Where are the courthouse and town square located?
This is for my English homework: I have to create a map and the "legend" is comprised of quotes from the book to help explain exactly where places are. I only need help on these two.
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Scout gives some fairly specific detail in Chapter 15 concerning the location of the Maycomb Courthouse. On their way to visit Atticus at the jail (where he has gone to keep watch on Tom Robinson), the three children--Jem, Scout and Dill--pass through the town square. Scout notes that are eight houses between Mrs. Dubose's home and the post office, which is on the south side of the square. On this part of the square,
... the courthouse was dark. A larger square of stores surrounded the courthouse square.
Rounding the corner, they reached the Maycomb bank, which is where Atticus' law office was located. They then went up the street to the Maycomb Tribune office, which was on the northwest corner of the square. The Tribune office stood next to the Maycomb Jail. Note that Scout calls the town square the "courthouse square," since it was no doubt the dominant building on the square. It is definitely in Maycomb's primary downtown area, and another square of stores surround the courthouse on four sides.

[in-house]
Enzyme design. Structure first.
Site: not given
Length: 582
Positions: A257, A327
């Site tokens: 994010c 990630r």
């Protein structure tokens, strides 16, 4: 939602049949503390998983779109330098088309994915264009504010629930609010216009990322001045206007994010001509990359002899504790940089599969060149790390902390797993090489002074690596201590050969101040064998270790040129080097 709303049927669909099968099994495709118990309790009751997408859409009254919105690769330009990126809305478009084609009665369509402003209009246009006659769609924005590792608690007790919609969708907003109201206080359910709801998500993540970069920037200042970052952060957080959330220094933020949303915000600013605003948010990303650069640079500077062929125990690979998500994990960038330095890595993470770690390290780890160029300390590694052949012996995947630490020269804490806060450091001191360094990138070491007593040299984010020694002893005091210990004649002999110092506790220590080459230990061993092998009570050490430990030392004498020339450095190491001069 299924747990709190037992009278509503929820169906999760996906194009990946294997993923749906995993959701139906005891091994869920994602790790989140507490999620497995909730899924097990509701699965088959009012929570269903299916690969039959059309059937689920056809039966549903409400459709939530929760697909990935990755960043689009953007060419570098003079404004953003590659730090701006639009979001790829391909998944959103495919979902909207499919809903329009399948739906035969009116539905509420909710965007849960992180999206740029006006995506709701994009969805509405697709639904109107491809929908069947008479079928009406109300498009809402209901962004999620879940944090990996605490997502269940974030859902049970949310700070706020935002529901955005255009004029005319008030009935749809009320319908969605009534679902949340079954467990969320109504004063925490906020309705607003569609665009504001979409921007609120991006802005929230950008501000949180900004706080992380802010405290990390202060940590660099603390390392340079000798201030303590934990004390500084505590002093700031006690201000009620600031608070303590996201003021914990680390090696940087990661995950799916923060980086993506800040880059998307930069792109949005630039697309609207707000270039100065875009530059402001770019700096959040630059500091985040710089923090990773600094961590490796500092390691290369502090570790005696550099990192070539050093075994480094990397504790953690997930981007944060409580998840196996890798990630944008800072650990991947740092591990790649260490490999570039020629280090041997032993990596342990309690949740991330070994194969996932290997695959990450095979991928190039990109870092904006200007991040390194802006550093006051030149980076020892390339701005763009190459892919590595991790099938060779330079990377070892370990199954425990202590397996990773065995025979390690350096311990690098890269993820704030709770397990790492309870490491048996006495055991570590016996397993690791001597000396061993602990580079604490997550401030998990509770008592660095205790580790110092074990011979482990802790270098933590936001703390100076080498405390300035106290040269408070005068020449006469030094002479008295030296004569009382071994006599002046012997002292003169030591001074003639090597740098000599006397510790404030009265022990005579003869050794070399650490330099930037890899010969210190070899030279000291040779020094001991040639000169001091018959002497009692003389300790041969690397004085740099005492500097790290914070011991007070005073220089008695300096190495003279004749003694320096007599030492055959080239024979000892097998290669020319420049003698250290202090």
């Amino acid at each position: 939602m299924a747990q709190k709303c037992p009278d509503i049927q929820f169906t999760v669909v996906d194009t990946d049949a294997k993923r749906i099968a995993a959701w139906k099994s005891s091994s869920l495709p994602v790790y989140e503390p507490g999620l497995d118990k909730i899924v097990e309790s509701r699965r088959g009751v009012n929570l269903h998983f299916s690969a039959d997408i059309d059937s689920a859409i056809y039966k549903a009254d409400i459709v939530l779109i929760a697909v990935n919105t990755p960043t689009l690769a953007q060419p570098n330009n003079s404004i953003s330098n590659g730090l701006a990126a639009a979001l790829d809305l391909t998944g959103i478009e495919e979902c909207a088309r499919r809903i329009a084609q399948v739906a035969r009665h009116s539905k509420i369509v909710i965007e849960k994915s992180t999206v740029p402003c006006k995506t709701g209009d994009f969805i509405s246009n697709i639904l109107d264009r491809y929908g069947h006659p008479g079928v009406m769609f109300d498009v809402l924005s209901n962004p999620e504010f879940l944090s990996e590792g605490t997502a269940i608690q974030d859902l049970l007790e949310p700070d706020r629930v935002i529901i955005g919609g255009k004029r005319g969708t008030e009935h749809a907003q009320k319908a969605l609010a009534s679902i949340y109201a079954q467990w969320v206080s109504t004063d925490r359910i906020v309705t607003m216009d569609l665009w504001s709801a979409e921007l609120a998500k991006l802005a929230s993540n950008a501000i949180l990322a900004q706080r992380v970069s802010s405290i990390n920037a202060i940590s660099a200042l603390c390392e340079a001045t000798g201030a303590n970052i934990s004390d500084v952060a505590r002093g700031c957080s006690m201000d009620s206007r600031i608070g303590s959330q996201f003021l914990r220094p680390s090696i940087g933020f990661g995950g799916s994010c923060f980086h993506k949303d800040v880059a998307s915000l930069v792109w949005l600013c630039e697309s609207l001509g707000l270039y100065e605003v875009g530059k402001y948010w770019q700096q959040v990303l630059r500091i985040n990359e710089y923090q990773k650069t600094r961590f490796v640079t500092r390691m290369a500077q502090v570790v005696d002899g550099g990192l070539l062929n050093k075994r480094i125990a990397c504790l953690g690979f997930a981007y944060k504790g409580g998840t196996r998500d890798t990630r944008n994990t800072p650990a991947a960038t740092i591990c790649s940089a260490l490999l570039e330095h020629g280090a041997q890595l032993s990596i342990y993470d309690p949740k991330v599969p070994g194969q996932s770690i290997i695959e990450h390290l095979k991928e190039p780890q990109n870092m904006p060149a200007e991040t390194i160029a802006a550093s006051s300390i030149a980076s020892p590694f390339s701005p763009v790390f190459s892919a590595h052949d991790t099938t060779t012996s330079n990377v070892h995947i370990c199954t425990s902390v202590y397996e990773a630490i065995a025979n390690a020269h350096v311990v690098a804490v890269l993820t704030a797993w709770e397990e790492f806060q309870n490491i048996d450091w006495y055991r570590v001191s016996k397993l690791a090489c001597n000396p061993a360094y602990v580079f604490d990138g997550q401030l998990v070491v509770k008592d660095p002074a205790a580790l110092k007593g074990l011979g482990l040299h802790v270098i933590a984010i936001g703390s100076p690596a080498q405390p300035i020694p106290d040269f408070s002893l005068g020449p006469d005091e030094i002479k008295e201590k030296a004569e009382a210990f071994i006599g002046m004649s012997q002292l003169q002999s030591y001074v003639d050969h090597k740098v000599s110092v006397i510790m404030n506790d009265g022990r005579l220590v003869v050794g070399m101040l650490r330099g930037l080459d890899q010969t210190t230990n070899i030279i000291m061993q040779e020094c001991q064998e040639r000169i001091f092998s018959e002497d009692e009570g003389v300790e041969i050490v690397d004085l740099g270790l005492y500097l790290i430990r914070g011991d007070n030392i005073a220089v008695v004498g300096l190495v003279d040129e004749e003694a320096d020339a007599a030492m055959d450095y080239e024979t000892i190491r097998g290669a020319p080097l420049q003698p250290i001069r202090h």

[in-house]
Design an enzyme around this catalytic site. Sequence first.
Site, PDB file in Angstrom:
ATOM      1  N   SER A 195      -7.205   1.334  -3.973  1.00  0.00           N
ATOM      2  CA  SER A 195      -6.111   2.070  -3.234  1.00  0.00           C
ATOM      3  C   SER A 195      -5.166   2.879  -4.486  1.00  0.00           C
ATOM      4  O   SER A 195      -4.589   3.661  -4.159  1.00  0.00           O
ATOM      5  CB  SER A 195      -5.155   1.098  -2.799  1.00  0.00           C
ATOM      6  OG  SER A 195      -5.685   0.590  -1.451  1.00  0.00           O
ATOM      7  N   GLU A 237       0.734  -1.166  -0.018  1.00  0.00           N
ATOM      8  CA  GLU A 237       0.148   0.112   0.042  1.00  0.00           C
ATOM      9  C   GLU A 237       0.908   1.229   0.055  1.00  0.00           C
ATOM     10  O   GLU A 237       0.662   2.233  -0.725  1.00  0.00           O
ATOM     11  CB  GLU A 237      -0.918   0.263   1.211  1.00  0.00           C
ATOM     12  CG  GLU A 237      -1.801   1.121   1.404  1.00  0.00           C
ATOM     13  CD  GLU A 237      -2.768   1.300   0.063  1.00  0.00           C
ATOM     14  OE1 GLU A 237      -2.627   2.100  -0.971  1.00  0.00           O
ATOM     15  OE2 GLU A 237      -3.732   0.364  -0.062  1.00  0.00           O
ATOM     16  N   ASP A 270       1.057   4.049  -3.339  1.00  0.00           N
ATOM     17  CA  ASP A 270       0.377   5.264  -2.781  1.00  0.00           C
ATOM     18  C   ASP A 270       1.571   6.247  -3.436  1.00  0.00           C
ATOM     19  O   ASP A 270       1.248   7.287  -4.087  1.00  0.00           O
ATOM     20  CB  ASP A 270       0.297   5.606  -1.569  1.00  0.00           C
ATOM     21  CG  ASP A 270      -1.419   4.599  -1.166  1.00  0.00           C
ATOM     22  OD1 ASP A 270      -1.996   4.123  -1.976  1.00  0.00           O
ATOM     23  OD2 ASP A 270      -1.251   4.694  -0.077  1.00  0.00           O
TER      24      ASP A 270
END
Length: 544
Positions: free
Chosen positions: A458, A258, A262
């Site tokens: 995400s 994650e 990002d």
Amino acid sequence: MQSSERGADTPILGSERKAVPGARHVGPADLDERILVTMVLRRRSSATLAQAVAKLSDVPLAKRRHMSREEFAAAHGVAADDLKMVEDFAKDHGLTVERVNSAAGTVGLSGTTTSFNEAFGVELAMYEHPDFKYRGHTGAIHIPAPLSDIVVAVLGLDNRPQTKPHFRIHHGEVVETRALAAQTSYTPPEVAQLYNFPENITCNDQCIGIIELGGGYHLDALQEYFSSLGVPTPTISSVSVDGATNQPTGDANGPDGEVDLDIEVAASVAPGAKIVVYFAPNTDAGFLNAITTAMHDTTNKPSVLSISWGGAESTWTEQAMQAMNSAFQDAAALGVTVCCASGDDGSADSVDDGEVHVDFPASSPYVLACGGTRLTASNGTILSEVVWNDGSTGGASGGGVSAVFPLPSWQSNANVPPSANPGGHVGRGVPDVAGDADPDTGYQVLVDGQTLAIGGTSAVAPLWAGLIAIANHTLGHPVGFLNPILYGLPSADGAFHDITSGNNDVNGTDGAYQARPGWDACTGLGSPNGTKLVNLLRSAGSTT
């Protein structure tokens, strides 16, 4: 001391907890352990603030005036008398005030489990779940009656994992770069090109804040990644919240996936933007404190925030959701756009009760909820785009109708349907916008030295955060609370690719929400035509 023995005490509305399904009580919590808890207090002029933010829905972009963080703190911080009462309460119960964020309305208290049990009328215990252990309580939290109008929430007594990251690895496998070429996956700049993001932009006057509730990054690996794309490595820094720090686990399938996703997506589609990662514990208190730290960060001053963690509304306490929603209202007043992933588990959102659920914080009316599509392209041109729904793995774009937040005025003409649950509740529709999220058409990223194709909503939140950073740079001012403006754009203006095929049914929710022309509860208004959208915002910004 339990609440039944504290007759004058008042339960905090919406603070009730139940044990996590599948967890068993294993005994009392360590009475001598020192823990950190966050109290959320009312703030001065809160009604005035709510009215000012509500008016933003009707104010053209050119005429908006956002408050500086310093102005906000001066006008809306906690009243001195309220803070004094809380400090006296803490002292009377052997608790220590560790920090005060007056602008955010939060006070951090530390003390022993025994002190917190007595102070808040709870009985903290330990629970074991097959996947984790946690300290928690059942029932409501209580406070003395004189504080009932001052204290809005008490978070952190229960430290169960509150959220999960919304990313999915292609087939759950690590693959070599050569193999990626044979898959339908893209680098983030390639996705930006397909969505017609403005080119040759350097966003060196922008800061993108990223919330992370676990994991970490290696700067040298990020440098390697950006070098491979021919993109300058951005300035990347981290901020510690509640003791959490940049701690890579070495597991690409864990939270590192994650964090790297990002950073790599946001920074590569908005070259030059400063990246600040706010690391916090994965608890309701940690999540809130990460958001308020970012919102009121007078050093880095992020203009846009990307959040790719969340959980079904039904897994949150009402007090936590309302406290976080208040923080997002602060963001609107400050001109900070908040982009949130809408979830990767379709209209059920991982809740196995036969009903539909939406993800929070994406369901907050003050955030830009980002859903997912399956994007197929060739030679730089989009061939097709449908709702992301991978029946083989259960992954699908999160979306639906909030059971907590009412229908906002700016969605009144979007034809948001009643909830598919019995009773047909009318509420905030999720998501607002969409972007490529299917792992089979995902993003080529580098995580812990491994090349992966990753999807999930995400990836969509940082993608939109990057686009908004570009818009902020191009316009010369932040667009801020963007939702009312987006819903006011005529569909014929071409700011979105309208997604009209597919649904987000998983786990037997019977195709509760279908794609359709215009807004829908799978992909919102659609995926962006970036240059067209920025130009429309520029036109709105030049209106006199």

While the exact location is never completely specified in the book, it is usually assumed the the courthouse is at the very center of the town square (traditional cities and towns are nearly always planned this way) and this is located in the middle of Maycomb.
Maycomb, some twenty miles east of Finch's Landing, was the county seat of Maycomb County. (Chapter 1, p. 4)
Further evidence of the courthouse's location can be found in Chapter 16, on the morning of the trial. Scout mentions the groups of people (who are on their way to the court house) passing along the street just outside the Finch's house. It would be assumed, then, that the Finch's live on a main street very close to the center of town.
It was like a Saturday. People from the south end of the county passed our house in a leisurely but steady stream. (Chapter 16, p. 158)
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